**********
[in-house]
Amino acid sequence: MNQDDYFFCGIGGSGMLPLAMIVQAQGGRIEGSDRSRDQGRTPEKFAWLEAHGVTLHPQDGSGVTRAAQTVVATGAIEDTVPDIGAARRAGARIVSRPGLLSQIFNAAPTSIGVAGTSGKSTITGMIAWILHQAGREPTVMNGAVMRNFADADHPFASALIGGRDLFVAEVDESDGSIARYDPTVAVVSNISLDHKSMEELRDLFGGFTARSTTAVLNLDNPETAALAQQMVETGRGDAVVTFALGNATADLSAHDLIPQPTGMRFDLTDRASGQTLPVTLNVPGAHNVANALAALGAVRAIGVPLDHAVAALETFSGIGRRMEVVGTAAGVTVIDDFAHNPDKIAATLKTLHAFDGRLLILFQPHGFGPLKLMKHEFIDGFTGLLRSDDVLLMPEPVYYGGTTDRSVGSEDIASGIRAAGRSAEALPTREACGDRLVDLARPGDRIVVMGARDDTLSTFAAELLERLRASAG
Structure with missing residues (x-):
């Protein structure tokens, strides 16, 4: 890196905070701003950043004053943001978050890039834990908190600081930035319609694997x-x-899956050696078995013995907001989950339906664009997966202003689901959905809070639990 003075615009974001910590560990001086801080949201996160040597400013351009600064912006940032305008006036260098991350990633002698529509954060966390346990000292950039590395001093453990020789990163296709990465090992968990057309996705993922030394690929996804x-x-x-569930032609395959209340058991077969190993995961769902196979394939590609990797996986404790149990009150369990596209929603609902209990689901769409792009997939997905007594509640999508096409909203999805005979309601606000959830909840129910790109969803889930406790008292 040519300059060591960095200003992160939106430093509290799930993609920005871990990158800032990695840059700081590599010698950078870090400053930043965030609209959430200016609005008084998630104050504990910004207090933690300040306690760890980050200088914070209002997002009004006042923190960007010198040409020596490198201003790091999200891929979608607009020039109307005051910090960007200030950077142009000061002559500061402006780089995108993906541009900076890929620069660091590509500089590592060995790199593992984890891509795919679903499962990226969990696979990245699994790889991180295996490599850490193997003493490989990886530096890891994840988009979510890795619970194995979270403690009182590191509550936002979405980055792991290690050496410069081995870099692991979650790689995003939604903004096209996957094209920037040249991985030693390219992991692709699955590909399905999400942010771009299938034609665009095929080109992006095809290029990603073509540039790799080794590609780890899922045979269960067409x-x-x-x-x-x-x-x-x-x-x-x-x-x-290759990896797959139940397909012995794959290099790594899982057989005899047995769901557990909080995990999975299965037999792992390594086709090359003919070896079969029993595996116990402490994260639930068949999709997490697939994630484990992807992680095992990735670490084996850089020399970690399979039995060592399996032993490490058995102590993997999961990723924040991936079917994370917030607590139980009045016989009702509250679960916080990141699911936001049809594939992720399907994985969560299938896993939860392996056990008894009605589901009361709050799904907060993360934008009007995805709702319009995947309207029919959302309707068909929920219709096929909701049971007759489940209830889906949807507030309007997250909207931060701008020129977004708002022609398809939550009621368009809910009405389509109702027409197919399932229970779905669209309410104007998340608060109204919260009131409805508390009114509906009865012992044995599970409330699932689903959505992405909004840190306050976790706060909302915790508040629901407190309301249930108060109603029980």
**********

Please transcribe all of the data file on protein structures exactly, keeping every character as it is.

[in-house]
Amino acid sequence: MNQDDYFFCGIGGSGMLPLAMIVQAQGGRIEGSDRSRDQGRTPEKFAWLEAHGVTLHPQDGSGVTRAAQTVVATGAIEDTVPDIGAARRAGARIVSRPGLLSQIFNAAPTSIGVAGTSGKSTITGMIAWILHQAGREPTVMNGAVMRNFADADHPFASALIGGRDLFVAEVDESDGSIARYDPTVAVVSNISLDHKSMEELRDLFGGFTARSTTAVLNLDNPETAALAQQMVETGRGDAVVTFALGNATADLSAHDLIPQPTGMRFDLTDRASGQTLPVTLNVPGAHNVANALAALGAVRAIGVPLDHAVAALETFSGIGRRMEVVGTAAGVTVIDDFAHNPDKIAATLKTLHAFDGRLLILFQPHGFGPLKLMKHEFIDGFTGLLRSDDVLLMPEPVYYGGTTDRSVGSEDIASGIRAAGRSAEALPTREACGDRLVDLARPGDRIVVMGARDDTLSTFAAELLERLRASAG
Structure with missing residues (x-):
């Protein structure tokens, strides 16, 4: 890196905070701003950043004053943001978050890039834990908190600081930035319609694997x-x-899956050696078995013995907001989950339906664009997966202003689901959905809070639990 003075615009974001910590560990001086801080949201996160040597400013351009600064912006940032305008006036260098991350990633002698529509954060966390346990000292950039590395001093453990020789990163296709990465090992968990057309996705993922030394690929996804x-x-x-569930032609395959209340058991077969190993995961769902196979394939590609990797996986404790149990009150369990596209929603609902209990689901769409792009997939997905007594509640999508096409909203999805005979309601606000959830909840129910790109969803889930406790008292 040519300059060591960095200003992160939106430093509290799930993609920005871990990158800032990695840059700081590599010698950078870090400053930043965030609209959430200016609005008084998630104050504990910004207090933690300040306690760890980050200088914070209002997002009004006042923190960007010198040409020596490198201003790091999200891929979608607009020039109307005051910090960007200030950077142009000061002559500061402006780089995108993906541009900076890929620069660091590509500089590592060995790199593992984890891509795919679903499962990226969990696979990245699994790889991180295996490599850490193997003493490989990886530096890891994840988009979510890795619970194995979270403690009182590191509550936002979405980055792991290690050496410069081995870099692991979650790689995003939604903004096209996957094209920037040249991985030693390219992991692709699955590909399905999400942010771009299938034609665009095929080109992006095809290029990603073509540039790799080794590609780890899922045979269960067409x-x-x-x-x-x-x-x-x-x-x-x-x-x-290759990896797959139940397909012995794959290099790594899982057989005899047995769901557990909080995990999975299965037999792992390594086709090359003919070896079969029993595996116990402490994260639930068949999709997490697939994630484990992807992680095992990735670490084996850089020399970690399979039995060592399996032993490490058995102590993997999961990723924040991936079917994370917030607590139980009045016989009702509250679960916080990141699911936001049809594939992720399907994985969560299938896993939860392996056990008894009605589901009361709050799904907060993360934008009007995805709702319009995947309207029919959302309707068909929920219709096929909701049971007759489940209830889906949807507030309007997250909207931060701008020129977004708002022609398809939550009621368009809910009405389509109702027409197919399932229970779905669209309410104007998340608060109204919260009131409805508390009114509906009865012992044995599970409330699932689903959505992405909004840190306050976790706060909302915790508040629901407190309301249930108060109603029980």